The statistics for expats who move to the Philippines and actually stay there for many, many years are not an exact science. I mean, with 94.4% of all statistics being pulled out of thin air anyways, who can really trust them? Still – and from what I have seen – there is a definite percentage of expats who move to Philippines (either through retirement, pension or “remote careers”) who don’t actually stay for the long haul. Whether it be the traffic, the noise or really, really bad Tagalog soap operas, at some point, they eventually decide they’ve had enough and move on. Greener pastures and whatnot. That said, I also have to add that there is also a certain percentage of the guys pack it up and leave and then come back! Just goes to show…..
If you are planning a move to the Philippines (or anywhere outside of your home country , for that matter), you are strongly advised to make sure you have a very SOLID exit plan in case things don’t turn out so well. The lure of the unknown is very strong and with people extolling the virtues of living in a sunny, tropical (semi)paradise (like us), some folks get their judgment clouded, beguiled by the idea even before they step onto the plane. It’s funny – when I first started dreaming of the Philippines, I had this vision of renting a seaside condo on a secluded white sand beach for $200 a month, long trips along mountainous green trails on an enduro motocross, and taking long trips to see the seaside sites in my SUV. None of those things actually happened for various reasons: You want a white sand beach condo, you’ll be paying through the nose – motocross enduros are just too uncomfortable (plus I don’t want to break any bones here) – and fuel prices make SUV trips pretty much impossible. Again, I was taken in by an ideal, not the reality, which is a heady (and confusing) mix of both the good and the bad. I will NEVER forget my first time in downtown Duamaguete – 8 PM at night by the market – it was hot as blazes and I couldn’t even figure out how to cross the frikken road due to the lack of traffic lights and overall congestion. Yeah, there have been more than a few instances in which this Dream has slipped into a potential Nightmare.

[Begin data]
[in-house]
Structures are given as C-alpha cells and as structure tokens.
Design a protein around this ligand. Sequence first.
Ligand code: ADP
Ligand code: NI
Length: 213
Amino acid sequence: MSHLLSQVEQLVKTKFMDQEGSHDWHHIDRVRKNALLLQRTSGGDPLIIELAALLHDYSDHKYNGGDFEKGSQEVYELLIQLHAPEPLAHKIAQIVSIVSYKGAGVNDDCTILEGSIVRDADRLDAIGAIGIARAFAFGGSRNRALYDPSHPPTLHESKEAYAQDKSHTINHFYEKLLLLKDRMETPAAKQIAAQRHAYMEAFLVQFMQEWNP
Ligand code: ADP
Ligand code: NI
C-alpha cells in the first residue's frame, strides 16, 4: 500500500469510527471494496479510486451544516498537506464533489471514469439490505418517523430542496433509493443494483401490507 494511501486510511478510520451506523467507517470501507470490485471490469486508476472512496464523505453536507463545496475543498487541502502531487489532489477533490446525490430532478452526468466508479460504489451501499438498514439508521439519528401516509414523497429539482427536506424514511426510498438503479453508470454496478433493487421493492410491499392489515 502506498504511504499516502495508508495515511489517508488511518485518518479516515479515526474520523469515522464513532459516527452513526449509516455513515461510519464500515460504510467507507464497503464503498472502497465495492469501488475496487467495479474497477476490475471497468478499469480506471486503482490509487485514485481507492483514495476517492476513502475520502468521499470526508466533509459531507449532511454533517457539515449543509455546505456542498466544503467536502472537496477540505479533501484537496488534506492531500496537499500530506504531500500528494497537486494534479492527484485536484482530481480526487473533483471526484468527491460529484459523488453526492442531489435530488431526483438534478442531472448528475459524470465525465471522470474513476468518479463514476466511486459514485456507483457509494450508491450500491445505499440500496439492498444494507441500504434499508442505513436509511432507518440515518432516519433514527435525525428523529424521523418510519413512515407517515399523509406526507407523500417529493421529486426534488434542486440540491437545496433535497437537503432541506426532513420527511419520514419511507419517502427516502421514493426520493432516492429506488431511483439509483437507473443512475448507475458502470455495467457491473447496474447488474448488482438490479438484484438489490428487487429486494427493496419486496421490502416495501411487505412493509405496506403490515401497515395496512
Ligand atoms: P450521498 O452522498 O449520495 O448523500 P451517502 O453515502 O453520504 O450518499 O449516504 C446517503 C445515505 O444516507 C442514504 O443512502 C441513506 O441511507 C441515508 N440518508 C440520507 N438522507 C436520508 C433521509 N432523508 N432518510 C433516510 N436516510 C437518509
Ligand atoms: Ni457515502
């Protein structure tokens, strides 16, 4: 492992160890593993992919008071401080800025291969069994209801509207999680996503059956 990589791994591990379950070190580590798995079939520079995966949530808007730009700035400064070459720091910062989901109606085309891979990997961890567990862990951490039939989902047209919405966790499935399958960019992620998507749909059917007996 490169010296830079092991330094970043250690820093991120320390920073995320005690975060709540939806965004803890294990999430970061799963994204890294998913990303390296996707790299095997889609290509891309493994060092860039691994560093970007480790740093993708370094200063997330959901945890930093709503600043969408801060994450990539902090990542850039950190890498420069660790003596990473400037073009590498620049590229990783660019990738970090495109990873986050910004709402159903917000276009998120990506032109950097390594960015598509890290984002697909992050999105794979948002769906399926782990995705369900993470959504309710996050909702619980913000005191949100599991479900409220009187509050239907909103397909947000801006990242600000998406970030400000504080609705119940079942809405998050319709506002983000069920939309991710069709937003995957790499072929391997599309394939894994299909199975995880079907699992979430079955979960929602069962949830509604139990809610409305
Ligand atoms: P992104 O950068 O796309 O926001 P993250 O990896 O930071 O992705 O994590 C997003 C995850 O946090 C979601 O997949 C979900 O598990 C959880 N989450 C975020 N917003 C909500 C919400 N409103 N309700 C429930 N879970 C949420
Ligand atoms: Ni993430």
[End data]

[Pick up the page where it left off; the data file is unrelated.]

Anyhoo, please, please, please have a fallback plan if things don’t work out here. Visit first (a few times for a good amount of time each on each trip) before quitting your job (if you are not retired), selling all your stuff and heading off into the unknown. And even though I didn’t possess the advice that I am now offering and never visited before moving here, I was fortunate enough to possess the temperament and disposition necessary to adjust to it long term. So – in other words – don’t do what I did! I also sold 90% of my things, but I sold them to a friend with the understanding that if I returned within two years, I could buy it all back (with a bit of interest, of course). I also keep a good reserve of cash (I am frugal and tend to be a saver) and have earmarked a major chunk of it in case I have to ever pull a Plan B and return to the United States.
I am bringing this up because I hear a lot of guys talking about getting rid of all their stuff, selling their homes and making the move. Some, without having even visited; putting it all on a wing and a prayer. As with anything in life, this is just bad policy, as you might find that all the eggs that you have put in that basket will never hatch.
It’s a good thing to have a dream, particularly – in my opinion – a Philippine Dream. Just make sure you have a contingency plan in place before you do anything drastic that you might live to regret.
Possessed of good intentions, itchy feet and a retirement fund or pension? Thinking about moving to a laid back, sun-kissed land? Join us on Philippine Dreams to hear about all the good and bad making such a drastic undertaking!